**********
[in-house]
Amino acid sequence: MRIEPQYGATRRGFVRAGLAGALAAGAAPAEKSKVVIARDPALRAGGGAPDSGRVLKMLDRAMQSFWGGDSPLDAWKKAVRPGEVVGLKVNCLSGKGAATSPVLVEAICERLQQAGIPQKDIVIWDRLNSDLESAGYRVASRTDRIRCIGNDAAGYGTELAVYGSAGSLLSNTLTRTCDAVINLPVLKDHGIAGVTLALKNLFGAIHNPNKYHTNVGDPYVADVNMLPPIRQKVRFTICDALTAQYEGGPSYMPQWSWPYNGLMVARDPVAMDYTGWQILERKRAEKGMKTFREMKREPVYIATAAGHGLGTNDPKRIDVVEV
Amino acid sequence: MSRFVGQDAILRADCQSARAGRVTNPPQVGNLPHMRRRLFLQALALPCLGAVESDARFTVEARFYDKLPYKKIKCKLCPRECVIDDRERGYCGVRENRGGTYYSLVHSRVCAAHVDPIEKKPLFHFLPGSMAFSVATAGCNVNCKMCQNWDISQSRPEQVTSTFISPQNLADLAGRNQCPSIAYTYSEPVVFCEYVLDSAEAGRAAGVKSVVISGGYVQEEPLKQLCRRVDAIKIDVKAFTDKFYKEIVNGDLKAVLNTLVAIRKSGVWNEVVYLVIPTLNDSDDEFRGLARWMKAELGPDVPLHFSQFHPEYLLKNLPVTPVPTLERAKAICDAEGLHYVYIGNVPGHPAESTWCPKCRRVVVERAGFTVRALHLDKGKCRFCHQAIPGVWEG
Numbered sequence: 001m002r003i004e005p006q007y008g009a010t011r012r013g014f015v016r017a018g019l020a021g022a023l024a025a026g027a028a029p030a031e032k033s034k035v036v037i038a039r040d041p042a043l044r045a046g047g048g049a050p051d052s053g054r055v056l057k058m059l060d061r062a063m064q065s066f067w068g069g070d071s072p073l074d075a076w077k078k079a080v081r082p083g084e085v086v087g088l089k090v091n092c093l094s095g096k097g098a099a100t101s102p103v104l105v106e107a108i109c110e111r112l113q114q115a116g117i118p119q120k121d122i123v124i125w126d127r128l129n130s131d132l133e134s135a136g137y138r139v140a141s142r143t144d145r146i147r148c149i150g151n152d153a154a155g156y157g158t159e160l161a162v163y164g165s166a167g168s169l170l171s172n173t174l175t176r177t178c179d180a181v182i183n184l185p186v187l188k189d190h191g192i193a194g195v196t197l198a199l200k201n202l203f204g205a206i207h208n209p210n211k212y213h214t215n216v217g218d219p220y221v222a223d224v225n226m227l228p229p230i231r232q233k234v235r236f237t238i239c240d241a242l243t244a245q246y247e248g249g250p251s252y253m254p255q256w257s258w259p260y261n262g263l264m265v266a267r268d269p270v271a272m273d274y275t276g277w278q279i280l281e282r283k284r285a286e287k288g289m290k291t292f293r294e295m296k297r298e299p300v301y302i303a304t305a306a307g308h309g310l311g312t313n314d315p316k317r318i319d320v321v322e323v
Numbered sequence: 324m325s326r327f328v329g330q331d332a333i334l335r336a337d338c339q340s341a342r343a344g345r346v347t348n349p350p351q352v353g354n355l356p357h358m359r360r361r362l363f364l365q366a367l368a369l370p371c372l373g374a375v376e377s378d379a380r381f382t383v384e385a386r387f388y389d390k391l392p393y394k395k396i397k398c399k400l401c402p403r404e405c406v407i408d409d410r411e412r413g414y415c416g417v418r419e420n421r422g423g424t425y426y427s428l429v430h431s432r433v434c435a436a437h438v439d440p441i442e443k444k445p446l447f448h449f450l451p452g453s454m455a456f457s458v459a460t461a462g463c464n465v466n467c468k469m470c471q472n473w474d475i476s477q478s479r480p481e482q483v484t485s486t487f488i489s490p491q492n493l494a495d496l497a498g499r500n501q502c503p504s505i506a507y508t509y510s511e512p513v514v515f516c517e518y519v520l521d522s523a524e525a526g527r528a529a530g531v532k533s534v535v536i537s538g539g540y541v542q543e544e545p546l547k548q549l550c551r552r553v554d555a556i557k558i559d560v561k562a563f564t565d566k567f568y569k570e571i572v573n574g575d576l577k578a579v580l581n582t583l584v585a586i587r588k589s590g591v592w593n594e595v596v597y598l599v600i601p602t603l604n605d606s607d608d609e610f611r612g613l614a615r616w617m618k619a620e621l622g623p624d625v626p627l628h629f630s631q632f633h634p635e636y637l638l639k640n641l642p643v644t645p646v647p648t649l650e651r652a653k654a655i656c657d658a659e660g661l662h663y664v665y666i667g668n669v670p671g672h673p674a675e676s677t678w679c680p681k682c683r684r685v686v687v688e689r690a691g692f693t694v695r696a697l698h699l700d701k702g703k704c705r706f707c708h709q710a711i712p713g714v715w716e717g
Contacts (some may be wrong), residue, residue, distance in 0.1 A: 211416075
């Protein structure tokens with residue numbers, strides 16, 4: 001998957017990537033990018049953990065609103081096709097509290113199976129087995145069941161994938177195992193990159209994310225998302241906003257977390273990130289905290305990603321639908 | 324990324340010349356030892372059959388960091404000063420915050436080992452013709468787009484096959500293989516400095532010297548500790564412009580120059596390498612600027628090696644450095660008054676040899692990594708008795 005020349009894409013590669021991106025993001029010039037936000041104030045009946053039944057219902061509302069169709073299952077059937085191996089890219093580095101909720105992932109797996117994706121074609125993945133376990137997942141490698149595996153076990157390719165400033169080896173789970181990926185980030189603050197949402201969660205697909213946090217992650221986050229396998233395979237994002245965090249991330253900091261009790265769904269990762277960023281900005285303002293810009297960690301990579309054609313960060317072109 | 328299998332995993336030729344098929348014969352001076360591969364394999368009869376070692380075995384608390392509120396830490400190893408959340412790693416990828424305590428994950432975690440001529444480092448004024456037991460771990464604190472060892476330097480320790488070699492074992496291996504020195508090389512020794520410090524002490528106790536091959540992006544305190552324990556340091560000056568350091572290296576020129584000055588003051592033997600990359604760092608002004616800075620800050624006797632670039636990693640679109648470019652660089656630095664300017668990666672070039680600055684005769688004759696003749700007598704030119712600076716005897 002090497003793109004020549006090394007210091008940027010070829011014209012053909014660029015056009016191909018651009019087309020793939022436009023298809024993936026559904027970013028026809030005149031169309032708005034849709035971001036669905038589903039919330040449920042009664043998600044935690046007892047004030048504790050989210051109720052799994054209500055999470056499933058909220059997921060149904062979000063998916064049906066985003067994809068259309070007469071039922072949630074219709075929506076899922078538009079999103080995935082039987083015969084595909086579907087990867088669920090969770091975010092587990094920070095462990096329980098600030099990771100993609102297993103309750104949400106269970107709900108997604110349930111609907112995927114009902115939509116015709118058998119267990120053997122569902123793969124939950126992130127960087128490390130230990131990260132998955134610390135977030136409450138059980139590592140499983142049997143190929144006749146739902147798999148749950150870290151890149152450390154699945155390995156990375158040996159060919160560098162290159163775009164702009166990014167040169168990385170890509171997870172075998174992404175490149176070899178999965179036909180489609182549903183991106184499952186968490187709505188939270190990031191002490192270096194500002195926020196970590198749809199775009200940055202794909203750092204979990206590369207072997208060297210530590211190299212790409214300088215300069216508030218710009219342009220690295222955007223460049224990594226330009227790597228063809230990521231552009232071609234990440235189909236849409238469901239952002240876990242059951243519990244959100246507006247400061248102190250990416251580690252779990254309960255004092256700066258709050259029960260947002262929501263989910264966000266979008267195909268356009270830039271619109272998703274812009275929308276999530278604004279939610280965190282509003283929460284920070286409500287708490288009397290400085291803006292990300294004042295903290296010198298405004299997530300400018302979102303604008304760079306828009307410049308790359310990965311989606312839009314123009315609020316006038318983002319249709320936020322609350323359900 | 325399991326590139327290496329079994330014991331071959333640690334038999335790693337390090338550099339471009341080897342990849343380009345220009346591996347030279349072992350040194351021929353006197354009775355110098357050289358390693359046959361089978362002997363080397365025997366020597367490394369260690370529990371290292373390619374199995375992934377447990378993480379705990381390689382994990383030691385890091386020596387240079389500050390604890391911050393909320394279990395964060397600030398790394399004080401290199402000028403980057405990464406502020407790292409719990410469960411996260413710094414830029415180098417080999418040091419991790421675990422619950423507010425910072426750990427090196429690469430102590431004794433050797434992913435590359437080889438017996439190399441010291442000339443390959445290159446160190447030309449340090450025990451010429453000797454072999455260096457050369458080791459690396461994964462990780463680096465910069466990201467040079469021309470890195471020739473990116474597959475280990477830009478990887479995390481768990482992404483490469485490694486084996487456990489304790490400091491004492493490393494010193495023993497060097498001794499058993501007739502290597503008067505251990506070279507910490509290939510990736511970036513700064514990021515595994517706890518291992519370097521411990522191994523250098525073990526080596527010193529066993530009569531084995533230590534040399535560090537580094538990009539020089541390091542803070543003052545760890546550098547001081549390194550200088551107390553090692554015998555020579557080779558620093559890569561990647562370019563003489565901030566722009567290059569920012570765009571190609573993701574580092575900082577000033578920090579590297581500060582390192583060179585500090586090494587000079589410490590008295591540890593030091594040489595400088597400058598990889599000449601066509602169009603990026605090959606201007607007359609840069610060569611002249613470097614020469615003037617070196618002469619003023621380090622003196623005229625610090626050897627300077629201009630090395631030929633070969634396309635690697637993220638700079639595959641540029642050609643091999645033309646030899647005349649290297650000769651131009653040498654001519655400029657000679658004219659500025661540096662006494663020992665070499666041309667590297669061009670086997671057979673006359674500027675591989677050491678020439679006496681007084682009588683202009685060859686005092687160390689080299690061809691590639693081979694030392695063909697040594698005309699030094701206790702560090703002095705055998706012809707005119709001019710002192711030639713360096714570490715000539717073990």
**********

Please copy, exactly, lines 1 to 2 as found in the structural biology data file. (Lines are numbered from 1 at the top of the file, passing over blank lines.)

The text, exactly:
[in-house]
Amino acid sequence: MRIEPQYGATRRGFVRAGLAGALAAGAAPAEKSKVVIARDPALRAGGGAPDSGRVLKMLDRAMQSFWGGDSPLDAWKKAVRPGEVVGLKVNCLSGKGAATSPVLVEAICERLQQAGIPQKDIVIWDRLNSDLESAGYRVASRTDRIRCIGNDAAGYGTELAVYGSAGSLLSNTLTRTCDAVINLPVLKDHGIAGVTLALKNLFGAIHNPNKYHTNVGDPYVADVNMLPPIRQKVRFTICDALTAQYEGGPSYMPQWSWPYNGLMVARDPVAMDYTGWQILERKRAEKGMKTFREMKREPVYIATAAGHGLGTNDPKRIDVVEV